A MAN has been jailed for seven-and-a-half years after a court heard he threatened to burn down his former partner’s home just days before he started a fire which could have killed them.
He had earlier sent her a sympathy card with a photograph of the five Philpotts family children who were killed in a house fire in Derby.
Days later Barry Ian Turnbull set fire to a bin outside the woman’s home which damaged windows and plastic pipes while the family were asleep in their beds, which could have allowed toxic fumes inside.
Judge Rhys Rowlands, sitting at Mold Crown Court, told Turnbull he had put the victim and her family at significant risk.
But fortunately, the smoke had been spotted by a neighbour and the alarm raised.
“I do not use the terms lightly but your behaviour was quite frankly evil,” the judge told him.
The court heard how Turnbull, 45, wrote ‘RIP’ on the sympathy card and said he had a date and time in his head.
“I am going to burn your house down.
“It will be soon. Have a good sleep,” he wrote in earlier text messages.
Turnbull, of Vyrnwy Way, Wrexham, admitted arson being reckless as to whether life would be endangered, putting his ‘ex’, Sarah Betteridge, in fear that violence would be used against her, and threatening to destroy property.
He was cleared of a more serious charge of arson intending to endanger life.
Retired fireman Ian Ranson, who could not sleep that night and saw smoke and raised the alarm, was commended by the judge for his actions.
The judge said he may well have averted a tragedy and asked the police to write to him to congratulate him.
In addition to the jail sentence, a 10-year restraining order was made not to approach the family, their home or to write anything about them on social media.
The judge said the defendant’s harassment was an attempt to make his victim’s life hell, putting them under appalling stress.
He then sent the victim a photo of the children in the Philpotts fire tragedy, something the judge described as “beneath contempt”.
He said: “All right-thinking people would view that as nothing short of wicked.”
When he started the fire and put his victims at real risk, he simply left the scene .
“You showed no concern at all for those inside the house,” he said. “You left, no doubt feeling very pleased with yourself at the time.”
He was aware that Miss Betteridge was already terrified of fire following a blaze at her mother’s home when she was a child.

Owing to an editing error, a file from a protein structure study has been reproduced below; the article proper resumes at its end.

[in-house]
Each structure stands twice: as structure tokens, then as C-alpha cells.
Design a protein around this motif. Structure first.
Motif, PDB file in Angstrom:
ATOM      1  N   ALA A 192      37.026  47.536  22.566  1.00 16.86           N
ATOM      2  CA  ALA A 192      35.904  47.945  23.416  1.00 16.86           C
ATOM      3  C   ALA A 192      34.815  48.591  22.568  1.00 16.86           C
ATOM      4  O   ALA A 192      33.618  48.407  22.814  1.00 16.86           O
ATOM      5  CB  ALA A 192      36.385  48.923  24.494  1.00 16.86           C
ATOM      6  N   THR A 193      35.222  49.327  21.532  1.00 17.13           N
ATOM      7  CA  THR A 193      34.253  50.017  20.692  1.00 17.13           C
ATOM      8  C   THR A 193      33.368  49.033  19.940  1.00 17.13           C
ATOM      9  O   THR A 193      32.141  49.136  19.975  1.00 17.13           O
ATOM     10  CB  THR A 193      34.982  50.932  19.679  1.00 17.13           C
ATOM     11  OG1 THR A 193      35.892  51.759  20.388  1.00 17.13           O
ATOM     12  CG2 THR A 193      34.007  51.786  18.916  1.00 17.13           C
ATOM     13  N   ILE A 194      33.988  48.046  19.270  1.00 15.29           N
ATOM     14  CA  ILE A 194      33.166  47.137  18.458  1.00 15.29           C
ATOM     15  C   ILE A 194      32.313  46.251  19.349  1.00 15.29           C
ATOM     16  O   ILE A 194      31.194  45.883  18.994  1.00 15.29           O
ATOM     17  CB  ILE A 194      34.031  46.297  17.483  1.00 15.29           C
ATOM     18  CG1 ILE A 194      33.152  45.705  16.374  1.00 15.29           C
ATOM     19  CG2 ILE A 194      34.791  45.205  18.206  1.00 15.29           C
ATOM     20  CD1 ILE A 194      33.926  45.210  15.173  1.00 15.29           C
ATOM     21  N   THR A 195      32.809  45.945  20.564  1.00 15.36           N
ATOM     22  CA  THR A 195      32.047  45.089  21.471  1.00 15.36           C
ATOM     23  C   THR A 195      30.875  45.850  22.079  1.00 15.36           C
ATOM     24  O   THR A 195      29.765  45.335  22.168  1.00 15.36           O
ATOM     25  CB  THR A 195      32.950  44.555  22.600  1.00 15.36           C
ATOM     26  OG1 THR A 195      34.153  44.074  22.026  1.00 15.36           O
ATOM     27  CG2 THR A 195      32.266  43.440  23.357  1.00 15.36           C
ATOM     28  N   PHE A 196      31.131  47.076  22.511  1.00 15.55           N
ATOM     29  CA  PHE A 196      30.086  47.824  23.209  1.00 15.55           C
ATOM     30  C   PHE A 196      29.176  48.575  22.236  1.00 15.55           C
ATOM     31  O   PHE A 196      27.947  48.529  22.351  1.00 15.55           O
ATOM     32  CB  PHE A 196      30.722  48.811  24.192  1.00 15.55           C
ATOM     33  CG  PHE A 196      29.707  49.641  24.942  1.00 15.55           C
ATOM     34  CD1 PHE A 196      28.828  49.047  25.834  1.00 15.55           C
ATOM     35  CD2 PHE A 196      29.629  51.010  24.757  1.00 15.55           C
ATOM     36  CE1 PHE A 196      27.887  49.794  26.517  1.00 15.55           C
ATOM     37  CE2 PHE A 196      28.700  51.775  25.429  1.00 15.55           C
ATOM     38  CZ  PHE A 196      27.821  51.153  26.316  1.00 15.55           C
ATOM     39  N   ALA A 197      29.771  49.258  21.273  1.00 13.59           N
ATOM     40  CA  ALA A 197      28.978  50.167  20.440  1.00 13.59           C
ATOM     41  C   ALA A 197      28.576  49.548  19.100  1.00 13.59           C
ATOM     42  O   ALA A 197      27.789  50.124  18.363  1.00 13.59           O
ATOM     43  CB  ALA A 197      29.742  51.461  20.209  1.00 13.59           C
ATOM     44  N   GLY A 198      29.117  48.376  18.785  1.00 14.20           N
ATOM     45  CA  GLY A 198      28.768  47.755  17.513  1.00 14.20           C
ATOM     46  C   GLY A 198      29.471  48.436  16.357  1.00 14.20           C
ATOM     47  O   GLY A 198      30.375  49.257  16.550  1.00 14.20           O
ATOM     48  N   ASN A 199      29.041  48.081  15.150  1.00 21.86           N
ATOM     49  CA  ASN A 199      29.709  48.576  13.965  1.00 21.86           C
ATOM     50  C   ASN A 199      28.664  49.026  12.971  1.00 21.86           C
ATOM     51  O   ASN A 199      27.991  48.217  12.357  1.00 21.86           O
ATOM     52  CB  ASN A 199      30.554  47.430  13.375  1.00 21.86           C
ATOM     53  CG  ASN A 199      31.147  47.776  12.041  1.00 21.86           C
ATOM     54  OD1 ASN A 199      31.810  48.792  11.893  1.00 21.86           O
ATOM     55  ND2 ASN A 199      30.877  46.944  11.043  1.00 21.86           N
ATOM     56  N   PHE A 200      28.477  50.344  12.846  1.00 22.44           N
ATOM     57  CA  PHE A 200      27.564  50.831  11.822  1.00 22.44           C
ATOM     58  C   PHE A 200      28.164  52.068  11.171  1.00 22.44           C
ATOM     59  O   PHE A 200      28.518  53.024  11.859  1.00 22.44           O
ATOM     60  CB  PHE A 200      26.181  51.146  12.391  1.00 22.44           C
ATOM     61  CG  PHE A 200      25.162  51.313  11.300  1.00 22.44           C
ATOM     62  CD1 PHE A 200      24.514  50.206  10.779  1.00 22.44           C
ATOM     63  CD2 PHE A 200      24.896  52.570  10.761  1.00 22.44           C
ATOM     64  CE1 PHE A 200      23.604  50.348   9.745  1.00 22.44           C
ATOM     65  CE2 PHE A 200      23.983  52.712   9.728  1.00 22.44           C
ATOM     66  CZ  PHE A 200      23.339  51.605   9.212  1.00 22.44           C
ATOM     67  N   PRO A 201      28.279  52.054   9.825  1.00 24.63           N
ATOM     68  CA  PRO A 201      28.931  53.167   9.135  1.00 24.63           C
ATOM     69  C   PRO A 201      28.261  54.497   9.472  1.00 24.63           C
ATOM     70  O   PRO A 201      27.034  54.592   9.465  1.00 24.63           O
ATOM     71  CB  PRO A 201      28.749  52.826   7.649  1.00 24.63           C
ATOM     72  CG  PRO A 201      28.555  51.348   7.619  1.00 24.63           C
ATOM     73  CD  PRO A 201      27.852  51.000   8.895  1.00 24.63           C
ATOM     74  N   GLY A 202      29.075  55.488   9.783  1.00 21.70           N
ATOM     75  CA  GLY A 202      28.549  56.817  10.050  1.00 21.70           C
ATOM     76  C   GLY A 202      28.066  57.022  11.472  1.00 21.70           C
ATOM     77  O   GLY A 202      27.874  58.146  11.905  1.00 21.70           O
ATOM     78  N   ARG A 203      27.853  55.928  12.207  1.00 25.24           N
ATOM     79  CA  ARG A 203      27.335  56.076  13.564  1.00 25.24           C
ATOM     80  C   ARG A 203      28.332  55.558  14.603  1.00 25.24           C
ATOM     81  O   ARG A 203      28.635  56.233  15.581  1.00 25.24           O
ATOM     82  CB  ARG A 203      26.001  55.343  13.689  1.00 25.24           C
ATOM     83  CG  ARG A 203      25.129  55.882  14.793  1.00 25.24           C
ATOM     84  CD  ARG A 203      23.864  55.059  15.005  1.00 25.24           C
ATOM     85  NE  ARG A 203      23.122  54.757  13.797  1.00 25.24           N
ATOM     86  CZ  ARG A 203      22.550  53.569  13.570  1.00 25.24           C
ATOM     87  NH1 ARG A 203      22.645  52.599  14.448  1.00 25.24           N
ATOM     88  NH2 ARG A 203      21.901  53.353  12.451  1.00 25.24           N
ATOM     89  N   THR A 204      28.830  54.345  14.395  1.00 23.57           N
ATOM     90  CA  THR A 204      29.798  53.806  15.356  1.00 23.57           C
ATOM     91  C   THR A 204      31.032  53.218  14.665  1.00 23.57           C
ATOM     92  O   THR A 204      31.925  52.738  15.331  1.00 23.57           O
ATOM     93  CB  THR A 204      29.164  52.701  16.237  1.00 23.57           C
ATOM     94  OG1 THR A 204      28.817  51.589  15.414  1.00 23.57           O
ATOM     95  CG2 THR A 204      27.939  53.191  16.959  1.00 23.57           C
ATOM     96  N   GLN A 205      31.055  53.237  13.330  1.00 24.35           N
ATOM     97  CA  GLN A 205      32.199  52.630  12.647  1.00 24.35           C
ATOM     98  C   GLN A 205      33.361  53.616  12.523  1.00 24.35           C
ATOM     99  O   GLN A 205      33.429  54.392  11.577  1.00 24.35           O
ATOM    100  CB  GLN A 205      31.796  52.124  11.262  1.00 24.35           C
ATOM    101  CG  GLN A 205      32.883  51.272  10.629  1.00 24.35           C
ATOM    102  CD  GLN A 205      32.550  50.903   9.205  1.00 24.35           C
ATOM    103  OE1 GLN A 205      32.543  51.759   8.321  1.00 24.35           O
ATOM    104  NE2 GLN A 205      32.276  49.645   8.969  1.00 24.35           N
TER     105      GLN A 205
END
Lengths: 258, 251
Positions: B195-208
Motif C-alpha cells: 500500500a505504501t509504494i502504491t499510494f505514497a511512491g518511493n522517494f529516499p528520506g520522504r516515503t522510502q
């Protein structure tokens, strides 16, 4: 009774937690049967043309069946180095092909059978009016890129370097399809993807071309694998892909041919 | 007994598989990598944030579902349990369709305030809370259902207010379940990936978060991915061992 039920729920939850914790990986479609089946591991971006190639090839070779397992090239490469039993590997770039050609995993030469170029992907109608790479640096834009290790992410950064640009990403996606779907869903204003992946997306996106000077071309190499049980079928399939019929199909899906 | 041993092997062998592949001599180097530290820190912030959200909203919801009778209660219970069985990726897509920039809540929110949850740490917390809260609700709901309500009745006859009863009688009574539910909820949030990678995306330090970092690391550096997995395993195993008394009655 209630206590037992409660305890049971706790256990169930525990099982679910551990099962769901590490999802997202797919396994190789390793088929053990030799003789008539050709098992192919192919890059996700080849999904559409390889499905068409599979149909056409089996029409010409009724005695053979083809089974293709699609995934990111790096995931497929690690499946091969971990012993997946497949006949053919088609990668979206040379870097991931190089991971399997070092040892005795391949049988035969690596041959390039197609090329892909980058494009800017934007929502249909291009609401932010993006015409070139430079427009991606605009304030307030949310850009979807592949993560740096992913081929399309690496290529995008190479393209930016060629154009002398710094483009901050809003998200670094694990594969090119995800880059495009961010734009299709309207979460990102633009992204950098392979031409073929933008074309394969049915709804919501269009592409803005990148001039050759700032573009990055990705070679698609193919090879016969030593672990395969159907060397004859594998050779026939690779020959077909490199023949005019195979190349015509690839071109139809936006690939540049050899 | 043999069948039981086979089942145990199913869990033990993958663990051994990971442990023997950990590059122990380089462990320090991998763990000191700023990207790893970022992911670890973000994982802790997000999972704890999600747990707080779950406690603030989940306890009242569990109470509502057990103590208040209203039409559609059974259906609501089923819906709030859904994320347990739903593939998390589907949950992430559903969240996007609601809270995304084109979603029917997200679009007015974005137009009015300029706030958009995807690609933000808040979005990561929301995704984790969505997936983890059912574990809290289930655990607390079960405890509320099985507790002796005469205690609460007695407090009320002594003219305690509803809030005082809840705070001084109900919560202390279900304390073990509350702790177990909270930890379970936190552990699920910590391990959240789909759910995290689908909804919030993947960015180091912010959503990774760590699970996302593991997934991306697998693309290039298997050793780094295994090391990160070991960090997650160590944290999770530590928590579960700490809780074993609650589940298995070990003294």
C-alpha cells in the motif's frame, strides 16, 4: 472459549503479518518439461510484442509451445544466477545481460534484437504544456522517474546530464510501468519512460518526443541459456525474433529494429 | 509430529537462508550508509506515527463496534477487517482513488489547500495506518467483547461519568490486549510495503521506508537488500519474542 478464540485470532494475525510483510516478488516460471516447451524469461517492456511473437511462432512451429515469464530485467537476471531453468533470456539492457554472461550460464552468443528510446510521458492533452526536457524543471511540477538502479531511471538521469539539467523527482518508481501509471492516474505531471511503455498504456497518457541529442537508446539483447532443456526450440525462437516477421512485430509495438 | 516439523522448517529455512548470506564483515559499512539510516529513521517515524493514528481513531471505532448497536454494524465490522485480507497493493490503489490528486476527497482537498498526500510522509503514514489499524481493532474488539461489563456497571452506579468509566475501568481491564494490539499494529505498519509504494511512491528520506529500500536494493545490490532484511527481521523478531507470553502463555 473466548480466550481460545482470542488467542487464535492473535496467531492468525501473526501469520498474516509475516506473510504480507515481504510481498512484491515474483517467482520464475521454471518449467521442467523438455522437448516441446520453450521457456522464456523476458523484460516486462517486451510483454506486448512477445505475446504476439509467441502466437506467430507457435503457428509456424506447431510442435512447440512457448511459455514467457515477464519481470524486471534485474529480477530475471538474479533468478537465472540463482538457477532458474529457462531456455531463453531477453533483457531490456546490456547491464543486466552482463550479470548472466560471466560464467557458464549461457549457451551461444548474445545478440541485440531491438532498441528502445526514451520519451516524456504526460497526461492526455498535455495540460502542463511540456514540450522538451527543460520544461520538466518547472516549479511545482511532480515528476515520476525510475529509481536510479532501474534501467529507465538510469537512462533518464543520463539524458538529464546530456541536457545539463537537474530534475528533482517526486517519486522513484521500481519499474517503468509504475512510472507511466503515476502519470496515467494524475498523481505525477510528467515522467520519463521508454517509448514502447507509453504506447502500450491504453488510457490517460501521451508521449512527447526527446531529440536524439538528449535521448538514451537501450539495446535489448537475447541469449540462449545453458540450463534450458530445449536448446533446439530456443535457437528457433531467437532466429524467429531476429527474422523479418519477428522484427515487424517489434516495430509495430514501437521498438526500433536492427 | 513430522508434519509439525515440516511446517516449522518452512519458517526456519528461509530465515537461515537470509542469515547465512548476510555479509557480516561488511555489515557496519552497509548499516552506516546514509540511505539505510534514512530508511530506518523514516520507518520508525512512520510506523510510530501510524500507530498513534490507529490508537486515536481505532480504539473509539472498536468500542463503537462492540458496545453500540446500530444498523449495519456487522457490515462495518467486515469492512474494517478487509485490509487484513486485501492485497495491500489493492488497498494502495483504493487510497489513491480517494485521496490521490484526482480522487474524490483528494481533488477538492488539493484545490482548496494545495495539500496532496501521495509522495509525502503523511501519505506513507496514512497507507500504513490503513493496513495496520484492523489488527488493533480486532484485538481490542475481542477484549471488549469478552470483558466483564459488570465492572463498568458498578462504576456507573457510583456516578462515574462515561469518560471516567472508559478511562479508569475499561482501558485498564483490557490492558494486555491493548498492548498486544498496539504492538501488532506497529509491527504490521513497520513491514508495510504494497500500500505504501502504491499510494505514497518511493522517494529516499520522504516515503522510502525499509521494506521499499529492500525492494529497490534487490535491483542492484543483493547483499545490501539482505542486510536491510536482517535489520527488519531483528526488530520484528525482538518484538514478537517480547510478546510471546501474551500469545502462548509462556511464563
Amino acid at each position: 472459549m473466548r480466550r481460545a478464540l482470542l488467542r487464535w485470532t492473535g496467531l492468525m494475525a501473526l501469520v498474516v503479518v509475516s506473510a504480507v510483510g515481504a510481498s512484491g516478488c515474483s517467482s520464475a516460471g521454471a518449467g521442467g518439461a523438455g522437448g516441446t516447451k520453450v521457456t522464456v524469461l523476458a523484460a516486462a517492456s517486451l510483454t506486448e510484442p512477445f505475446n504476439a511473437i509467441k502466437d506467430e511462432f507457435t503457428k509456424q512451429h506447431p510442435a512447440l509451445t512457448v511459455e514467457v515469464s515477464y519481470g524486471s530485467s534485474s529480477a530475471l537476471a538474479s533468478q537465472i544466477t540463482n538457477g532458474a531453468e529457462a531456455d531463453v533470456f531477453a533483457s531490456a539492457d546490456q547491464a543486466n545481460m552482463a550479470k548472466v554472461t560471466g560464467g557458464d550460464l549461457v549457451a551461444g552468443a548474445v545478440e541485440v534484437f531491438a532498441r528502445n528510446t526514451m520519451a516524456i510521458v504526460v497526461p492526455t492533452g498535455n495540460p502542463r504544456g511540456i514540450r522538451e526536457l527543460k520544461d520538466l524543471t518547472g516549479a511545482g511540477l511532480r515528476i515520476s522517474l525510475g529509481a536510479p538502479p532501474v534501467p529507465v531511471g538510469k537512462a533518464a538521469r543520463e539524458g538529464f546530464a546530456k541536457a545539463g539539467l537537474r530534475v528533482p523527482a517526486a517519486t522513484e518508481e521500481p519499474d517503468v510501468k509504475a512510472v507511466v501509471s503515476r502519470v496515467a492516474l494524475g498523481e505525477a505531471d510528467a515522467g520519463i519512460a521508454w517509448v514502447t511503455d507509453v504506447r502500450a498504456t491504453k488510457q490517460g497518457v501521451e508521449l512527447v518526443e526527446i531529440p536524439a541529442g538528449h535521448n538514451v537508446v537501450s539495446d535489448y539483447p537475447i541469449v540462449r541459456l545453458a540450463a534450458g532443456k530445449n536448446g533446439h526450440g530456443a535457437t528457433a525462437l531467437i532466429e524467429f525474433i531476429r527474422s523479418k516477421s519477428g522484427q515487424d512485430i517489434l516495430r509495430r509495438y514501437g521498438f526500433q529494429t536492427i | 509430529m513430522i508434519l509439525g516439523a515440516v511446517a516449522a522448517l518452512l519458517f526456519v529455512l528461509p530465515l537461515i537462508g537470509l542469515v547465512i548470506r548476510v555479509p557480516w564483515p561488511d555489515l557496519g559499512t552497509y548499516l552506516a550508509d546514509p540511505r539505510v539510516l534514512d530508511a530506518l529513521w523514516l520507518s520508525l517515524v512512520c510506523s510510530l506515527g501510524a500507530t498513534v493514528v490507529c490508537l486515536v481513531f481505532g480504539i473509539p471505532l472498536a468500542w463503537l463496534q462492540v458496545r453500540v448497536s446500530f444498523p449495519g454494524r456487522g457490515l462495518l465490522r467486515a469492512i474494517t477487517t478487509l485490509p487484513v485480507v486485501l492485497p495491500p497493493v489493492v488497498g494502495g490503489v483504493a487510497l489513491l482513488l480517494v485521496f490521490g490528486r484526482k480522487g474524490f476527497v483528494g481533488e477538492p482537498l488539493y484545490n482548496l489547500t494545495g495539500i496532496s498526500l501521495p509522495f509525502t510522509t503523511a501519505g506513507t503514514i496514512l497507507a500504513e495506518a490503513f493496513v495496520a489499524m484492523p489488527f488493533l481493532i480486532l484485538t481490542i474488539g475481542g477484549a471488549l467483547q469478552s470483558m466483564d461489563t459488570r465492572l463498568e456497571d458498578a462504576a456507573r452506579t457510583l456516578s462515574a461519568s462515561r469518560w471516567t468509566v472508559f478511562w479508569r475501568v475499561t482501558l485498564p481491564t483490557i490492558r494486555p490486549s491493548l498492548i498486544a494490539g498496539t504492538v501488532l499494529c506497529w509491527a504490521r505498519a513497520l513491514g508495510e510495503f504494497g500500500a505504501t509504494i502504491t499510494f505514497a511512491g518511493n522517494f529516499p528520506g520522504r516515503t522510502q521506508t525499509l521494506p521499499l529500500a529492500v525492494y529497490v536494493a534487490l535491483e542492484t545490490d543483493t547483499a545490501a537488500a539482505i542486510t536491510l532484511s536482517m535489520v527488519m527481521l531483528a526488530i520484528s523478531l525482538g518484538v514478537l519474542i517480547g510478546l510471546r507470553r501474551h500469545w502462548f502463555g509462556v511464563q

The court heard how the victim, who is deaf, and her three children were fast asleep when the arsonist struck in the early hours of April 12.
Miss Betteridge ended the relationship at the start of the year but she was subjected to a series of text messages which became more abusive and threatening.
He told how her home was “going up” and that the family “would burn, the lot of you”.
She went to the police and he was served with a harassment notice and warned to stay away.
But his harassment escalated with more threats, he cut her phone line, he threw a brick through a window, and at one stage he swerved towards her while riding his bike.
Turnbull said he would kill her, that he would chop her head off.
One text read “she can run but she cannot hide”.
In March, she received one which read: “I’ve got my eyes on you. I’m going to burn the lot of you”. Then he wrote: “Next time the house is going up. I mean what I say.”
The text messages continued including “you are all going to burn in hell soon”.
At 2am on April 12 the fire in the bin at the rear of the property was discovered when she and her family were safely evacuated.
Sion ap Mihangel, prosecuting, said that in a victim impact statement, Miss Betteridge had said: “I don’t think my little family will every truly get over what has happened. The damage has been done. I only hope we can move on.”
He said Turnbull even continued to write to her when he was in prison.
Andrew Green, defending, said the offences represented an obsession. He now accepted he had been unable to let go of the relationship.
There was an absence of physical harm, but accepted there would have been psychological harm.
Turnbull was full of remorse and appreciated how terrified his victim would have been.
The judge said he believed Turnbull was now sorry for the predicament he found himself in.